How happy are you? What does it mean to be happy? Every year the Global Happiness Survey tries to answer this question by surveying nearly 20,000 people from 27 countries around the world. The results of the 2020 survey showed that happiness is an amazingly resilient human resource which did not significantly decline from the previous year, despite the tremendous COVID-19 related challenges most people faced. Read on to better understand what motivates happiness around the globe and how you can use these insights to increase satisfaction in your own life. 

Health and positive relationships are primary happiness drivers

Research clearly indicates that time spent taking care of your health and physical wellbeing is time well spent. Being healthy is the number one driver of happiness globally, with 92% of people citing it as a primary source. Though health has always been an important aspect of happiness it was especially significant this year—increasing by 4%—as people struggled to avoid contracting COVID-19 and often to maintain their health with fewer resources, such as gyms, in- person coaches and exercise classes.

Not surprisingly, major sources of happiness this year were found close to home. When asked “how happy are you?”, the findings were clear. Positive relationships with partners and children brought great levels of happiness for many people and were cited by 49% of very happy people. With more time spent at home, “pleasant living conditions” also factored significantly and 45% of very happy people cited this as a source. Time and energy spent repairing broken relationships is also a  growing cause. Happiness derived from being forgiven by someone for a wrongdoing increased 5 points, while happiness derived by forgiving someone else increased 4 points.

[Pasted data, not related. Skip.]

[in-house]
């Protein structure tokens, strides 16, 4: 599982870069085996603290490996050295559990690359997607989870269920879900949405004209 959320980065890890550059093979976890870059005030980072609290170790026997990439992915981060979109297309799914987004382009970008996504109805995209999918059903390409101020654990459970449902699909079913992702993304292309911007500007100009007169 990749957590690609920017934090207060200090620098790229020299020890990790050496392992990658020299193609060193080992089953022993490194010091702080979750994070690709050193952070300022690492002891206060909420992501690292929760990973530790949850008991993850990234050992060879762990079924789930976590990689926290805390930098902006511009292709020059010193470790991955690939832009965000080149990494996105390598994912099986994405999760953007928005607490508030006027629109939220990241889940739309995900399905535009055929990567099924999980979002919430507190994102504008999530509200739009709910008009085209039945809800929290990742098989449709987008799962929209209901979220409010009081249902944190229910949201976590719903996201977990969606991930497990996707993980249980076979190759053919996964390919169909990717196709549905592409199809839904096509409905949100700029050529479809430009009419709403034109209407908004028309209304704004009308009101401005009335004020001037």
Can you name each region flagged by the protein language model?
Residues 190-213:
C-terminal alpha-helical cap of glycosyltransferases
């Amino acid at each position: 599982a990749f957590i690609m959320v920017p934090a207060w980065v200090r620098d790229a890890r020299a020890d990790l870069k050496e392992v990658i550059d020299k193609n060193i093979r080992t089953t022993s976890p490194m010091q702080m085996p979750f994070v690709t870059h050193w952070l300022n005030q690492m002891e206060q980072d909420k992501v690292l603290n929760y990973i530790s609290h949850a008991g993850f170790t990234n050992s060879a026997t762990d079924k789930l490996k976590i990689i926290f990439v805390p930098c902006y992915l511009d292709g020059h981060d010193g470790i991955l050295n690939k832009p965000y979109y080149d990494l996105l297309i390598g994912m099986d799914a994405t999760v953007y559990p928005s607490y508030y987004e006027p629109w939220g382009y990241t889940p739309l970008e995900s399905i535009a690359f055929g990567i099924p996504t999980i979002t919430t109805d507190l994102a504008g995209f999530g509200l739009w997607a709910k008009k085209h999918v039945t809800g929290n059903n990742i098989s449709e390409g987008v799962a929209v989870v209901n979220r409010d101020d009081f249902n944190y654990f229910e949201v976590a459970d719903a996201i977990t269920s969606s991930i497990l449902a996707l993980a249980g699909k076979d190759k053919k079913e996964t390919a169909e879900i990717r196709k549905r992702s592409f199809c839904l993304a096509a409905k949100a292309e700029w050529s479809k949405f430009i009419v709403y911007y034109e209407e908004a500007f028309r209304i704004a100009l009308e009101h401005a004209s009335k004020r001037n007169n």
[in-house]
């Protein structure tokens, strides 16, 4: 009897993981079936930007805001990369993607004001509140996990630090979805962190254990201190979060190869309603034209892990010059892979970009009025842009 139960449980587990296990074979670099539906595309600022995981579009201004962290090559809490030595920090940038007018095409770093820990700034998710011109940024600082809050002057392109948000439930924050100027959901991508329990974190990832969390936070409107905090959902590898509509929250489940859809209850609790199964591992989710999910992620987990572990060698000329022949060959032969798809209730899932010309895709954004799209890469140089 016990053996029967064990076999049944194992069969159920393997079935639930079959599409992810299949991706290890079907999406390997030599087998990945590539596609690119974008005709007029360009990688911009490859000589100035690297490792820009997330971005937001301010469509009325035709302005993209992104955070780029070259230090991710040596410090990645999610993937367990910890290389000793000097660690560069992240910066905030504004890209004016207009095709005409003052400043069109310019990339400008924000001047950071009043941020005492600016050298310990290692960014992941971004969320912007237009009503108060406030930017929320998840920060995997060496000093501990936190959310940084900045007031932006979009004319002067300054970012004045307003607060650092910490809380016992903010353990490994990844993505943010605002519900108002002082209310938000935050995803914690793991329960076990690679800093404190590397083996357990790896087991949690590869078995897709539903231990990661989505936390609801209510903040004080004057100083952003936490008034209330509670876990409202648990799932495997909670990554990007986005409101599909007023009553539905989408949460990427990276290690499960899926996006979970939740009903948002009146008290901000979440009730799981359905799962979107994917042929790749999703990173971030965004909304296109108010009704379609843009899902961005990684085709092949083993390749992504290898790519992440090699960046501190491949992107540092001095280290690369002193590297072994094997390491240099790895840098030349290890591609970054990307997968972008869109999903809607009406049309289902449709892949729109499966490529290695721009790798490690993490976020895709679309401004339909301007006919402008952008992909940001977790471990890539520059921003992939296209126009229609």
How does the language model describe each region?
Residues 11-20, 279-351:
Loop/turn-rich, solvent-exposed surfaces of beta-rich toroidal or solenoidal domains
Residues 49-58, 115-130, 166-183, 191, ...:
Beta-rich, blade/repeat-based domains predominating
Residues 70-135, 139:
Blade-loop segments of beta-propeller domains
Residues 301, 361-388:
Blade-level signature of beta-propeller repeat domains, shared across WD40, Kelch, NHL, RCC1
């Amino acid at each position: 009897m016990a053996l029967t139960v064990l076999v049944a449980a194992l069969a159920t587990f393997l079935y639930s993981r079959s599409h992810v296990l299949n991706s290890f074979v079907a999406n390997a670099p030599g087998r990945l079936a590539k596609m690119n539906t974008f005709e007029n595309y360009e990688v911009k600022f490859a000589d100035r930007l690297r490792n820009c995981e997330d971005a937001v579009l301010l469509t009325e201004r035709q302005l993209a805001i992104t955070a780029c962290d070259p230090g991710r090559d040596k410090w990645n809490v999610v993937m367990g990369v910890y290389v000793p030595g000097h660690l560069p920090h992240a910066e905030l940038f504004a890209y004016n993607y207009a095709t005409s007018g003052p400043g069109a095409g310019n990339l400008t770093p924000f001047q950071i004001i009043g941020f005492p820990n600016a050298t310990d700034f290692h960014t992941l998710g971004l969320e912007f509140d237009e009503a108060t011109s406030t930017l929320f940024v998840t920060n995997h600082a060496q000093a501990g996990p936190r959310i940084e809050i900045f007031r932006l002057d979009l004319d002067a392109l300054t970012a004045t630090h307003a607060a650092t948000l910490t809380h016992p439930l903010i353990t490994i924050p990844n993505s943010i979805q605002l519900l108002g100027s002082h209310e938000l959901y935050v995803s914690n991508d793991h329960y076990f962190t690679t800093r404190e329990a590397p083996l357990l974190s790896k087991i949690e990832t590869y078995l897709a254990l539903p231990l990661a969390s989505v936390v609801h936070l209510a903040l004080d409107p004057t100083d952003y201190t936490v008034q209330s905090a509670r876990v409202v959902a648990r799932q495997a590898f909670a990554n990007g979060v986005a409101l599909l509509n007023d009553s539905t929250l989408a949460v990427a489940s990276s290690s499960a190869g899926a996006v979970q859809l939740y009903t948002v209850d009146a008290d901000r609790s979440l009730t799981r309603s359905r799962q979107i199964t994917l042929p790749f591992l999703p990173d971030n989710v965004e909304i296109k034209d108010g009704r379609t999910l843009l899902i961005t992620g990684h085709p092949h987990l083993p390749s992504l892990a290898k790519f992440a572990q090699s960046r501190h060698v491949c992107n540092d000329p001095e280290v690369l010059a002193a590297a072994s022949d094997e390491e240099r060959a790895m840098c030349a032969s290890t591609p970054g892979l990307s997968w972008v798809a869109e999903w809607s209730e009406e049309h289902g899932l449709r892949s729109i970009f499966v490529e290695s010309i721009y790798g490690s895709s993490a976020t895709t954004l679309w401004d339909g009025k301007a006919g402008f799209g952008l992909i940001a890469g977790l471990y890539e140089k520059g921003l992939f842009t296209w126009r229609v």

Living a Meaningful Life Greatly Increases Happiness

Living a life that feels meaningful and is a major source of happiness (88%). What constitutes a meaningful life will vary from person to person and culture to culture, but there are some common themes which include offering your unique contribution to the world, having positive connections with others and contributing to the greater good of the community that matters to you. Being able to integrate past, present and future experiences into a cohesive narrative is another great source of meaning. It is important to keep in mind that while feeling like you are living a meaningful life tends to increase satisfaction, the search for meaning can temporarily depress happiness, while increasing feelings of distress.

Possibly because  it can be a quick fix that does not often lead to sustainable, long- term meaning or happiness, social media was ranked the lowest of 29 possible sources of happiness. Only 45% of people indicated that engaging with social media helped to make their lives happier. Many more people (41%) recognized that their relationship with social media “doesn’t or couldn’t give me happiness.” 

Happiness is both universal and cultural

The top drivers of happiness were found in many countries surveyed and included health, safety and positive social connections. Another study on happiness showed that this state is very culturally dependent with westernized countries tending to place more value on individual achievement, worthiness and living an exciting and varied life. On the other hand, Eastern cultures tend to be more focused on interconnectedness, harmony and balance. Research also shows that cultures define happiness differently with some valuing excitement, enthusiasm and elation and others preferring calm, peacefulness and serenity.

The countries who reported the greatest levels of happiness—percentage of people reporting feeling very or rather happy—in 2020 were China (93%), the Netherlands (87%), Saudi Arabia (80%), France (78%) and Canada (78%). The countries who reported the lowest happiness levels—percentage of people reporting feeling not very happy or not very happy at all—were Peru (61%), Chile (54%), Spain (49%), Argentina (43%) and Hungary (44%). The diversity and distribution of global happiness indicate that happiness can be found in a variety of cultures and landscapes. 

How Happy Are Americans?

America falls into the middle of the happiness pack, with 70% of US respondents saying they are “very happy” or “somewhat happy.” Overall happiness dipped by 9% compared to June of the previous year and 15% compared to December of 2019, most likely related to living through pandemic- related situations. Overall, Americans were less likely to derive great levels of happiness from their friendships, having more money, material possessions or enjoying their free -time than global averages. They were more likely to derive great happiness from their religious or spiritual well-being. The survey results include a representative sample of 1,000+ Americans aged 18-74.